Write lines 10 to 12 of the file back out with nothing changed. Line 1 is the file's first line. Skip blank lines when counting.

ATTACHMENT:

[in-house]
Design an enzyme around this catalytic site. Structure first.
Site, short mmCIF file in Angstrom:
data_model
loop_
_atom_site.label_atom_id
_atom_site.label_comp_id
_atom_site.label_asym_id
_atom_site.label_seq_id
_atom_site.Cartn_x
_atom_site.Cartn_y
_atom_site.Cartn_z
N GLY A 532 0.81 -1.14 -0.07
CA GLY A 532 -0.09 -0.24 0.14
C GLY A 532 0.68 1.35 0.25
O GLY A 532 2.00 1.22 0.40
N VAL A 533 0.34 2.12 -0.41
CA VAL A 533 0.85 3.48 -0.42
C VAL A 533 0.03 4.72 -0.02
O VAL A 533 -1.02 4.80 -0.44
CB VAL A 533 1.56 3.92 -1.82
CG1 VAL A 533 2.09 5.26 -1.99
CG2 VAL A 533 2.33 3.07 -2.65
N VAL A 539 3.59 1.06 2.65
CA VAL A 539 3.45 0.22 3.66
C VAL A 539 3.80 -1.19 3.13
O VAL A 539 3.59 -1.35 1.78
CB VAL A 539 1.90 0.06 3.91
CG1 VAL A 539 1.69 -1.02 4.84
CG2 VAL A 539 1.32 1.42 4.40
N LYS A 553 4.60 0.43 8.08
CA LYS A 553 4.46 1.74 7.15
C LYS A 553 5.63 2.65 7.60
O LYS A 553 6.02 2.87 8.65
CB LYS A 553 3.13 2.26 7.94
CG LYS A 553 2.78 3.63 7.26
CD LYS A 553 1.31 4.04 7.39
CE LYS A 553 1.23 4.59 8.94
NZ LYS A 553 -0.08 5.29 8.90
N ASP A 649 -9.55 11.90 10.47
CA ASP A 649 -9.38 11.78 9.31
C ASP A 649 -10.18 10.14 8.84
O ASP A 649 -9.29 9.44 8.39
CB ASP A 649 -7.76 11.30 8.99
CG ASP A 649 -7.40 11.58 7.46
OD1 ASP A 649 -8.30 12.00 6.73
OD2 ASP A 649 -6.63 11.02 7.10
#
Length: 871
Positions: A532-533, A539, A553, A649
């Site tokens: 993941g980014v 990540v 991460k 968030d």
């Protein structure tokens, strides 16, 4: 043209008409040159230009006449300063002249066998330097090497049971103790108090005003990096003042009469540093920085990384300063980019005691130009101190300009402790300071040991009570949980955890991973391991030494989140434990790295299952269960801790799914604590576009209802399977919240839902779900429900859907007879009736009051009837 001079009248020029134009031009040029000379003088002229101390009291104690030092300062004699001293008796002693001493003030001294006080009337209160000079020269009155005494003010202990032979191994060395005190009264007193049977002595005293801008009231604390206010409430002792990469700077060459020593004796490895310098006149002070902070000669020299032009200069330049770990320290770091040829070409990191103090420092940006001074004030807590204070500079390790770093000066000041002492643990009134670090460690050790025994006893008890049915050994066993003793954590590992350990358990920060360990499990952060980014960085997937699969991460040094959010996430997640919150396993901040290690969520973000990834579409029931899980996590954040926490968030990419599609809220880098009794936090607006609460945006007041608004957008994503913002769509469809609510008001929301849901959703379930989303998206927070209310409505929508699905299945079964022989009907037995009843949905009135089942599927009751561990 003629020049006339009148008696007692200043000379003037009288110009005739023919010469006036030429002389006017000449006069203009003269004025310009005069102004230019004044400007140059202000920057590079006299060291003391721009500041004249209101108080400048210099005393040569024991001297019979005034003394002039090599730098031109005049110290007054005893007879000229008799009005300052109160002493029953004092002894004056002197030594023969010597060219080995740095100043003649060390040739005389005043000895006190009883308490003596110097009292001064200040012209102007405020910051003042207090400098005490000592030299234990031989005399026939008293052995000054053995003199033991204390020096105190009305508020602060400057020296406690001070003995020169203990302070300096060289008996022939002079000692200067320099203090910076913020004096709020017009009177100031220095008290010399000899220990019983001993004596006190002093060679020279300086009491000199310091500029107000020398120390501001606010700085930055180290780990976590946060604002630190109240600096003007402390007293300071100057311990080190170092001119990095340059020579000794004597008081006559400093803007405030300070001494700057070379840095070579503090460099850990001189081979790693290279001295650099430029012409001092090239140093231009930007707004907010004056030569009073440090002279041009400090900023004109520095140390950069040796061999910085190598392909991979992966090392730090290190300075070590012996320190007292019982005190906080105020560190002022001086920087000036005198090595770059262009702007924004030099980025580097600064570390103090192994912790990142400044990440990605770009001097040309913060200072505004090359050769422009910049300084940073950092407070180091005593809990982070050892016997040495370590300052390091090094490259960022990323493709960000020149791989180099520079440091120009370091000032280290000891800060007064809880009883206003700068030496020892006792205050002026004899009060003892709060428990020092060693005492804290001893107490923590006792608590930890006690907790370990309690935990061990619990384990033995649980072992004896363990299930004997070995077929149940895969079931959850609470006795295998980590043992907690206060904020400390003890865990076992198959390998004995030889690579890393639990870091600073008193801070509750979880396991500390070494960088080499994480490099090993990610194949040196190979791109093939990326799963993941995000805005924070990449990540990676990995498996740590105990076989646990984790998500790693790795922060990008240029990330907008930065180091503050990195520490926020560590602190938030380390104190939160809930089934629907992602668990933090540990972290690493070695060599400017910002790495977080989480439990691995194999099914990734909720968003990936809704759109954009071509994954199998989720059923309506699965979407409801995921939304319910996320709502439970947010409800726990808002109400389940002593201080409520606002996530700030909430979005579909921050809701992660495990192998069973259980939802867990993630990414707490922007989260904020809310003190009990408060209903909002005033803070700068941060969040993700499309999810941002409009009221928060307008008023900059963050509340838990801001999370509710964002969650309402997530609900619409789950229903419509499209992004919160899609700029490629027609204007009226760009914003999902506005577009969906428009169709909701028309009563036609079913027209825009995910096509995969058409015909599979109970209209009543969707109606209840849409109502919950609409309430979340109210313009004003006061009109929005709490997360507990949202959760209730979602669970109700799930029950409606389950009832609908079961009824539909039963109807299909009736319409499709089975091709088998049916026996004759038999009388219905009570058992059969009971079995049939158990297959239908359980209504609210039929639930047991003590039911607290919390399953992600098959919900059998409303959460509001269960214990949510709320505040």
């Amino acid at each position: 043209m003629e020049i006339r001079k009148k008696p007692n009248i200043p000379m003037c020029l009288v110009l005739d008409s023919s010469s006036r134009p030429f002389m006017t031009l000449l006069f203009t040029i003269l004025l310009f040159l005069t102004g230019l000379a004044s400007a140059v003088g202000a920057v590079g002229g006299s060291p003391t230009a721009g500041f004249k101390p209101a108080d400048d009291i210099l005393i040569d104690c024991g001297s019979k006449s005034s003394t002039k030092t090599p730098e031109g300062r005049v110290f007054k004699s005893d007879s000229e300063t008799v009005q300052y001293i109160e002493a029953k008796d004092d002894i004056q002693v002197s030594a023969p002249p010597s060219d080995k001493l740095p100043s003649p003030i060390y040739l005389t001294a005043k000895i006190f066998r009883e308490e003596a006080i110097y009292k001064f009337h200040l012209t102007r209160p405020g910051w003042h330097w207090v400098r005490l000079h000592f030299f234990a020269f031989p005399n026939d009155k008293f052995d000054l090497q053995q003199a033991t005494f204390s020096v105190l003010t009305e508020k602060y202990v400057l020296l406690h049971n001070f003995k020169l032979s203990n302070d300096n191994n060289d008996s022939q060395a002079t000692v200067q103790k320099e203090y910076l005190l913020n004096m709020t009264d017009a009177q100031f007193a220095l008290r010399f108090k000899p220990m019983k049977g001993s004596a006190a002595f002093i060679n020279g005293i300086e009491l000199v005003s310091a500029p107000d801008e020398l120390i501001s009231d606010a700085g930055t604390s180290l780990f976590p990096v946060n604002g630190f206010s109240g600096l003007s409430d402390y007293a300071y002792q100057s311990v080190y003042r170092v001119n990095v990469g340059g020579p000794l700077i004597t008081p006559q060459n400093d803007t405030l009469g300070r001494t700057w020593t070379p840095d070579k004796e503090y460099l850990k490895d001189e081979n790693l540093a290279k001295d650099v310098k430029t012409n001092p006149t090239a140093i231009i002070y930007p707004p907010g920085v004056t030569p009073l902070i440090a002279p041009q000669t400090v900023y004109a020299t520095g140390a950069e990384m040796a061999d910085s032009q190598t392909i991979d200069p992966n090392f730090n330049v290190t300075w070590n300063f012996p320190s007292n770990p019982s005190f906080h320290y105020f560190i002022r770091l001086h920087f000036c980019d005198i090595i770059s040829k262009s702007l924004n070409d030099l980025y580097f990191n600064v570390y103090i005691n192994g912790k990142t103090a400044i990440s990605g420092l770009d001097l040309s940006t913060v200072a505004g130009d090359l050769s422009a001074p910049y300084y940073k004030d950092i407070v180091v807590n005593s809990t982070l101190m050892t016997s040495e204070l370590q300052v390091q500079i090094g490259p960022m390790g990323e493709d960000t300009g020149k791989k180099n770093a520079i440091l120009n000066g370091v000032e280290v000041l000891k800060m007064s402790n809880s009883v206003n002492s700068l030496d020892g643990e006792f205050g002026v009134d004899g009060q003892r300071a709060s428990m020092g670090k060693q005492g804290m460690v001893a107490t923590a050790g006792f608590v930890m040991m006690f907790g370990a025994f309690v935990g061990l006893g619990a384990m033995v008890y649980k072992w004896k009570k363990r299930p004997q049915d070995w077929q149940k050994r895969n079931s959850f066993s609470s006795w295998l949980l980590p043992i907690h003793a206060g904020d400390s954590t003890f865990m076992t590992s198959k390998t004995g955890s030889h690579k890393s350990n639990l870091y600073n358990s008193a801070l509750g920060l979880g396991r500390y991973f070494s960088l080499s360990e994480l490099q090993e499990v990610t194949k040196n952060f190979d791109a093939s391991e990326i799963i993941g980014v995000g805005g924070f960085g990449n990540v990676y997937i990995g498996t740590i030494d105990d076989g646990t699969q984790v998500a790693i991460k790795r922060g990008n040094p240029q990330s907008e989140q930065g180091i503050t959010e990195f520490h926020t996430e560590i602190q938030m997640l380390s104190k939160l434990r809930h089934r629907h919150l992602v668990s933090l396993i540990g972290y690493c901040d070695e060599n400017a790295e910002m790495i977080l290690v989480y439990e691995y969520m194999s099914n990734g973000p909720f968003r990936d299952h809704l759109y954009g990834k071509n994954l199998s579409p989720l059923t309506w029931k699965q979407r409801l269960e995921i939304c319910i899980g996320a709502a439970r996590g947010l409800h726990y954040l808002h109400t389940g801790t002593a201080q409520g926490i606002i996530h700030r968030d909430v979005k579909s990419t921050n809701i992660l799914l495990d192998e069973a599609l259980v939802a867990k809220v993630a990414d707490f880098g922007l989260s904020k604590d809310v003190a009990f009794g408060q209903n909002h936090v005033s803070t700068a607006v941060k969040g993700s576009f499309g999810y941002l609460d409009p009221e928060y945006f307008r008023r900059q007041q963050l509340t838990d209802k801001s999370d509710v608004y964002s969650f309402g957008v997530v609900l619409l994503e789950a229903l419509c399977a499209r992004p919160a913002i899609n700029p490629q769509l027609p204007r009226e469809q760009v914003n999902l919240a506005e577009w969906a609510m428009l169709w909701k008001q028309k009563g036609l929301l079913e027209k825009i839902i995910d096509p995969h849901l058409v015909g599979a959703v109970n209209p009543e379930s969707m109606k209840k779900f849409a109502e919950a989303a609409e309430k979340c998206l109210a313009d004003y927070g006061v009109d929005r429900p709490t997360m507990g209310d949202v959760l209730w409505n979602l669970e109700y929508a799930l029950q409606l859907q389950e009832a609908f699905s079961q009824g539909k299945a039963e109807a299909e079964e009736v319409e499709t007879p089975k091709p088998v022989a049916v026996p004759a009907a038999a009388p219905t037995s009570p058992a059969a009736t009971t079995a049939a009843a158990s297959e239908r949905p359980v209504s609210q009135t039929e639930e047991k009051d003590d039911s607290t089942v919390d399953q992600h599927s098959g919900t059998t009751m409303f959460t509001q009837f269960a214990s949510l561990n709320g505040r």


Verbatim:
_atom_site.Cartn_x
_atom_site.Cartn_y
_atom_site.Cartn_z